The Quins, whose ancestors were Chiefs of the Clan Hy Ifearnan, gave their name to Inchiquin and also became Earls of Dunraven, and were one of the rare families of true Gaelic origin in the Irish peerage. Thady Quin (born 1645), who settled in Adare, was the ancestor of Valentine Quin who, between 1720 and 1730, built the first Quin manor at Adare by the River Maigue.
He was the grandfather of Valentine Richard Quin (1752–1824), 1st Earl of Dunraven. Windham Henry (1782–1850) married an heiress from Wales, Valentine Richard Quin, MP for Killmallock (1799–1800), who was created a Baronet of Great Britain in 1781 and was raised to the peerage in 1800 as Baron Adare. He was advanced to a Viscountcy in 1816 as Viscount Mount Earl and became Viscount Adare and the first Earl of Dunraven and Mount-earl on 5 February 1822. He had presumably chosen the title of ‘Dunraven’ in honour of his daughter-in-law, Caroline Wyndham, who had married his eldest son in 1810. His earldom lasted only two years and in 1824 his son, Windham Henry Quin, became the 2nd Earl of Dunraven and Mount-earl. The family name had officially become Wyndham-Quin in 1815. Gout prevented him from following the gentlemanly pursuits of fishing and shooting.
Instead, with his wife, the 2nd Earl of Dunraven rebuilt his home, turning it into a colossal Tudor manor. Begun in 1832, the magnificent structure provided labor for the surrounding villagers during the terrible potato famine that devastated the country during the mid-19th century. Though Lady Caroline went to great lengths to establish the myth that Adare Manor was planned entirely by her husband without an architect, it is fairly certain today that much of the design work was done by James Pain who, along with Augustus Welby Pugin and Philip Charles Hardwick, had been commissioned to design numerous public buildings and country homes. The actual construction was supervised by James Connolly, a local mason. An inscription on the east front of Adare Manor commemorates 'James Conolly of Adare, mason, faithful friend and servant of the Earl of Dunraven, from AD 1831 till his death in 1852'. The new house was built around the existing one, which was then demolished when the work reached its final stages. Sadly, Lord Dunraven did not live to see his dream Manor finished in 1862. Valentine's son, Edwin, 3rd Earl of Dunraven, a prominent archæologist, designed the garden.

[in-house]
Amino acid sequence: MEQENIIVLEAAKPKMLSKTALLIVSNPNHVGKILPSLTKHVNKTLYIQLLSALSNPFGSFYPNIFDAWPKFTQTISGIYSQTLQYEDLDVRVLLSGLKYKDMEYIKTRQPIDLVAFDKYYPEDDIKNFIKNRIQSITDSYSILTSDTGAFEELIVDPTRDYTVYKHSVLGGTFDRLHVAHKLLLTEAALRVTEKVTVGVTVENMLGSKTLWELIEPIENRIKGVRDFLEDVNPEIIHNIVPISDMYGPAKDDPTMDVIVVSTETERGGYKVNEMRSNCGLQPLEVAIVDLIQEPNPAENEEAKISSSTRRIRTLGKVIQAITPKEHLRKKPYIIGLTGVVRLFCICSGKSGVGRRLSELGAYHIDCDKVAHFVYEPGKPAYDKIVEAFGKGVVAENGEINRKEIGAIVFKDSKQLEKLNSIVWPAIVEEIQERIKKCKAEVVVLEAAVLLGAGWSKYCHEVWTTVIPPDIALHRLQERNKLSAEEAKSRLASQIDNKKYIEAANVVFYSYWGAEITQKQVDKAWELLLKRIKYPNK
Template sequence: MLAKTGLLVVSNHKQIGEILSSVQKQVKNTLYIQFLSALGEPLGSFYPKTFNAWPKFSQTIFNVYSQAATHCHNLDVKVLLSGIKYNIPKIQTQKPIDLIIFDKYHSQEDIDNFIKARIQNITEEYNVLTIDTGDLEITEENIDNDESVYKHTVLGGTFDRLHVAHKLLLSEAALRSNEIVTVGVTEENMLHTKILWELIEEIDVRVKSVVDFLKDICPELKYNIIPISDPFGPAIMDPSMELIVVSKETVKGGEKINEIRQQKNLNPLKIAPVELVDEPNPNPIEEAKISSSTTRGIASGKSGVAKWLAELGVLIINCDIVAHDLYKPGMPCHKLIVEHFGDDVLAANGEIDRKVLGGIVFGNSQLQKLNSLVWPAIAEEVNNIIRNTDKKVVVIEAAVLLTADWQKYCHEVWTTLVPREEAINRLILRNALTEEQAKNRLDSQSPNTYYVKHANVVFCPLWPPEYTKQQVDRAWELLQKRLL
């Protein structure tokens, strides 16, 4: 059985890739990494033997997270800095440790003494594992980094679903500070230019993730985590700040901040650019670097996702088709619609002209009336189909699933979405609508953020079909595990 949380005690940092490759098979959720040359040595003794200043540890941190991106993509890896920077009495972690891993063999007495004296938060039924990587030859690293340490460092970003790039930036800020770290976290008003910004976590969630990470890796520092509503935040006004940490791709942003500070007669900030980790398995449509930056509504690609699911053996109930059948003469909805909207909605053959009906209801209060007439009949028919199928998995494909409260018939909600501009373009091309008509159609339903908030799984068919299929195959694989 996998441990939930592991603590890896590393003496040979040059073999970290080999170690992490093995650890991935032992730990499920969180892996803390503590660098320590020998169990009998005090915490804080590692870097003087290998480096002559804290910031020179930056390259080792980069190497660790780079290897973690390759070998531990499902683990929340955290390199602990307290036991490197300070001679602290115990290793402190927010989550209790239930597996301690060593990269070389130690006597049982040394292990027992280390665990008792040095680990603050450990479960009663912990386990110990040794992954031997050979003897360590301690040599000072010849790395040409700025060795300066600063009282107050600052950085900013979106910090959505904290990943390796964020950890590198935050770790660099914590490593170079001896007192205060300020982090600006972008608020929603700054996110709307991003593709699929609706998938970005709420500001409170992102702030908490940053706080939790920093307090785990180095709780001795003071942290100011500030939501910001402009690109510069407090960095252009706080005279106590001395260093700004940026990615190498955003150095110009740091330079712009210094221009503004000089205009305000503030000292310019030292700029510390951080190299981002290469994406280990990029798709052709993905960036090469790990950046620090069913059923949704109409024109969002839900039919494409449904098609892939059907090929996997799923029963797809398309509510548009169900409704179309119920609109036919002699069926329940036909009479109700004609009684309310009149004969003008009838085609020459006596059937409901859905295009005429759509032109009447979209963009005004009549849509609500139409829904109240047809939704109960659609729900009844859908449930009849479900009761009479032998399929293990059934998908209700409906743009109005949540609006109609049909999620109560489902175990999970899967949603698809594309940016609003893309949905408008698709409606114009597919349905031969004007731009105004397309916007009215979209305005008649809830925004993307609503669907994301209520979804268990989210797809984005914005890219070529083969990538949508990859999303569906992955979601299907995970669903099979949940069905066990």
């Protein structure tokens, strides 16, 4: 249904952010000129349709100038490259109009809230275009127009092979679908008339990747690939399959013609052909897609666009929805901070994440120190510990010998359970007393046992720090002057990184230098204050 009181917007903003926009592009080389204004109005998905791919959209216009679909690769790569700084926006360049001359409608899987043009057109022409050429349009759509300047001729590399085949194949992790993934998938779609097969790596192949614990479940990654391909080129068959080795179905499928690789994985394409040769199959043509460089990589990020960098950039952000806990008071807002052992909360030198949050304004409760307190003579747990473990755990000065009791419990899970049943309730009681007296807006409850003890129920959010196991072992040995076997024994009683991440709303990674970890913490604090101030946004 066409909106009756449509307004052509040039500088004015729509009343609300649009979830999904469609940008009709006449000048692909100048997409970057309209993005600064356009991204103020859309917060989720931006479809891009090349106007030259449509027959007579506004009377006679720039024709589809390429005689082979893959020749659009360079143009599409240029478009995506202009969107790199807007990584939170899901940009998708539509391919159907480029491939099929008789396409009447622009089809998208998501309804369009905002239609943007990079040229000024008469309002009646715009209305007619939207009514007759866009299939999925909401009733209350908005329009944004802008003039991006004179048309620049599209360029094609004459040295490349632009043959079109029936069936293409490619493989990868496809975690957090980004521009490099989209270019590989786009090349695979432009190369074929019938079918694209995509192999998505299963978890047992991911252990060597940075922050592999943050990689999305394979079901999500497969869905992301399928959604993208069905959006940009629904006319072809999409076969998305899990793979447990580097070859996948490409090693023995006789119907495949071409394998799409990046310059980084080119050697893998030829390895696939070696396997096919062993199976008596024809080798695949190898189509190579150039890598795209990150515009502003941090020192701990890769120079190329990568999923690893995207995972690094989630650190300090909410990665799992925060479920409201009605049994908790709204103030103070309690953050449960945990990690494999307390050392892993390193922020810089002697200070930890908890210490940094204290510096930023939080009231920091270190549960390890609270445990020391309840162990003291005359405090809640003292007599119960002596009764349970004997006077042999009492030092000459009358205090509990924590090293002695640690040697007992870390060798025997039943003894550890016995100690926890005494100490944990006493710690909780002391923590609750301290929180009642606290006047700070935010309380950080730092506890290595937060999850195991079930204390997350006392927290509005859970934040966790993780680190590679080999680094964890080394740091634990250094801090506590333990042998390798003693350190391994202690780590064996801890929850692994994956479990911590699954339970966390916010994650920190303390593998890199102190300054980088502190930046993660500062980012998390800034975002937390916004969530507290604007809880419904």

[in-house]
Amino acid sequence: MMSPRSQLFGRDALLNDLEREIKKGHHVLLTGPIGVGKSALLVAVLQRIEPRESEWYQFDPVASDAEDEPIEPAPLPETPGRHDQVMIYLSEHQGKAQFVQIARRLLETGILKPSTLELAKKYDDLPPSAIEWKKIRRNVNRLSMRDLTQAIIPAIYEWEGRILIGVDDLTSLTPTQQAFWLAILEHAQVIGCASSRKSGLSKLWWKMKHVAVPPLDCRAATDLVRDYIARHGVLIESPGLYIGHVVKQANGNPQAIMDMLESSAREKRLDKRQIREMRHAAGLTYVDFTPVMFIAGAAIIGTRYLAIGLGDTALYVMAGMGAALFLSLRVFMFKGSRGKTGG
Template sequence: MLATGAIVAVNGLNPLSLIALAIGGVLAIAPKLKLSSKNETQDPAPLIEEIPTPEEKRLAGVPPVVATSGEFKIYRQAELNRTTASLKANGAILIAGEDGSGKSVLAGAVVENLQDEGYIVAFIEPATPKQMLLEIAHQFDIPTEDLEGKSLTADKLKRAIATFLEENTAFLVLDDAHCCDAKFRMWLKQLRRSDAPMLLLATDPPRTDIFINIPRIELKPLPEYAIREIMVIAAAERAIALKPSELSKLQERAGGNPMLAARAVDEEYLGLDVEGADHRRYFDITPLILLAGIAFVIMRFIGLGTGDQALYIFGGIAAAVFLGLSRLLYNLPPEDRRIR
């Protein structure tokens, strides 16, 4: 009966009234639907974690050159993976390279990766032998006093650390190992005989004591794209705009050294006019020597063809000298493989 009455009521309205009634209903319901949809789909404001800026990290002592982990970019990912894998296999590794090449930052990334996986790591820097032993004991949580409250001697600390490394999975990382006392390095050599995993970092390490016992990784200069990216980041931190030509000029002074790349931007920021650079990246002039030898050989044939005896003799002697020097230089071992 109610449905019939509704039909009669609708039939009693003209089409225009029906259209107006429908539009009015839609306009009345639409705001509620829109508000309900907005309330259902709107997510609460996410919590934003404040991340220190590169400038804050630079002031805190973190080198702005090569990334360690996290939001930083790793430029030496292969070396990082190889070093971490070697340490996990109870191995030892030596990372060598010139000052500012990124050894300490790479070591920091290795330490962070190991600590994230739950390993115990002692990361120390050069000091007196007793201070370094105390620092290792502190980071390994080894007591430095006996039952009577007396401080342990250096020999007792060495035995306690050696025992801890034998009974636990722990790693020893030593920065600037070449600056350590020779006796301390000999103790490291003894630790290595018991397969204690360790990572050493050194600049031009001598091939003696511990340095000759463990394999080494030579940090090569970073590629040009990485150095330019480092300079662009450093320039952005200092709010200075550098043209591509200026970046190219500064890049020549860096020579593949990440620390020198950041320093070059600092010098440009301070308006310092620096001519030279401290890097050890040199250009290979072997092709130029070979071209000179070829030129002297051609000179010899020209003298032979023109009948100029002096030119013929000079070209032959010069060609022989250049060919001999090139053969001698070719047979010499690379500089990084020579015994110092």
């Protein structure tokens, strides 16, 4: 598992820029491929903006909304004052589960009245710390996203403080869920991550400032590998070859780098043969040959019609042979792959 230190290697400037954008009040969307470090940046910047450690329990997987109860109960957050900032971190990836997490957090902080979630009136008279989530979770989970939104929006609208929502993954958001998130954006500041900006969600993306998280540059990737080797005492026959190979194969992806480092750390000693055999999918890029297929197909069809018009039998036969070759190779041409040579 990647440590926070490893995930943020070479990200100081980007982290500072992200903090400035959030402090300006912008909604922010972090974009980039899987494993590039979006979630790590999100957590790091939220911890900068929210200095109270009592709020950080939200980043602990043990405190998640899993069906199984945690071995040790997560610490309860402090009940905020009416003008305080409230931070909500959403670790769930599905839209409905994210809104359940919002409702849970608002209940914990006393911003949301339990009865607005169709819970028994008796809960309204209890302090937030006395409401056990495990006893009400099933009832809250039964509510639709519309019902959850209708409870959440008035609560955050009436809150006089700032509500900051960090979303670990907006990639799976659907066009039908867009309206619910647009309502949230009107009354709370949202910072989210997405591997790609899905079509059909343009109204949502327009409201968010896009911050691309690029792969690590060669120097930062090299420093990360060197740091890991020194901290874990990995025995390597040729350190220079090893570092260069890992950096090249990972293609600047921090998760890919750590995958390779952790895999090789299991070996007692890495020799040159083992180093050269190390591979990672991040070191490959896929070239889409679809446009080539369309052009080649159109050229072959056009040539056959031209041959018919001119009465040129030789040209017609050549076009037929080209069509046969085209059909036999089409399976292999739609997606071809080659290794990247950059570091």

Thady Wyndham-Quin, 7th Earl of Dunraven and Mount-Earl (1939–2011), unable to bear the expense of maintaining Adare Manor, sold it and its contents in 1984 for a reputed 2 and a half million. The house was purchased by Irish-American Tom Kane, businessman and former marine who had served in Vietnam. Without Tom Kane having actually seen the building until he arrived from America to view his purchase, he then converted the magnificent building into the Adare Manor Hotel. He tried to retrieve some of the valuable artifacts that had been sold locally to raise money and managed to bring some back to the house.
The house is set on a 840-acre (3.4 km2) estate and now operates as a five star hotel, featuring the Adare Golf Club, Lavender Cottage, Townhouses and Villas on the rest of the resort. President Bill Clinton stayed in Adare Manor in September 1998. The Manor was voted Ireland's Leading Hotel at the World Travel Awards 2010, 2011 and 2012 and The World's Leading Boutique Golf Resort in 2012.
A cricket ground has been added to the manor and became the home ground of Limerick Cricket Club, a club in the Munster Cricket Union in 2011, therefore ending the nomadic nature of the club. The club has been remarkably successful in its debut year playing in the ground.